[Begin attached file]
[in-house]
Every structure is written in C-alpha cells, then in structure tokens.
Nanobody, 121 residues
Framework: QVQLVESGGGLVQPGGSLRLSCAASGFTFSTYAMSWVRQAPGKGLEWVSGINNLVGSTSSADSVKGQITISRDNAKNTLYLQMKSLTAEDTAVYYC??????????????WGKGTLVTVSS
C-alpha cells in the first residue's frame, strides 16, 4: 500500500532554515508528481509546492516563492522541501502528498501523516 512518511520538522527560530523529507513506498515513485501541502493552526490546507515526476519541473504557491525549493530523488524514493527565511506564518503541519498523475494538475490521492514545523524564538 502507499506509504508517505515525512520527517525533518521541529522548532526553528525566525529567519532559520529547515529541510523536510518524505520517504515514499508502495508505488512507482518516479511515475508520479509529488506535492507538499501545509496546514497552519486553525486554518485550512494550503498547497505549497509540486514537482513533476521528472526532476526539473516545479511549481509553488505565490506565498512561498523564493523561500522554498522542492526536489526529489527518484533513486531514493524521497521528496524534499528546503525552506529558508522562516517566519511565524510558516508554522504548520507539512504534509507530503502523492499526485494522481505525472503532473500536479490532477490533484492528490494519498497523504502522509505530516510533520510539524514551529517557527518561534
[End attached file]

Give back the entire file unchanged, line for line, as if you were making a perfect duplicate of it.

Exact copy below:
[in-house]
Every structure is written in C-alpha cells, then in structure tokens.
Nanobody, 121 residues
Framework: QVQLVESGGGLVQPGGSLRLSCAASGFTFSTYAMSWVRQAPGKGLEWVSGINNLVGSTSSADSVKGQITISRDNAKNTLYLQMKSLTAEDTAVYYC??????????????WGKGTLVTVSS
C-alpha cells in the first residue's frame, strides 16, 4: 500500500532554515508528481509546492516563492522541501502528498501523516 512518511520538522527560530523529507513506498515513485501541502493552526490546507515526476519541473504557491525549493530523488524514493527565511506564518503541519498523475494538475490521492514545523524564538 502507499506509504508517505515525512520527517525533518521541529522548532526553528525566525529567519532559520529547515529541510523536510518524505520517504515514499508502495508505488512507482518516479511515475508520479509529488506535492507538499501545509496546514497552519486553525486554518485550512494550503498547497505549497509540486514537482513533476521528472526532476526539473516545479511549481509553488505565490506565498512561498523564493523561500522554498522542492526536489526529489527518484533513486531514493524521497521528496524534499528546503525552506529558508522562516517566519511565524510558516508554522504548520507539512504534509507530503502523492499526485494522481505525472503532473500536479490532477490533484492528490494519498497523504502522509505530516510533520510539524514551529517557527518561534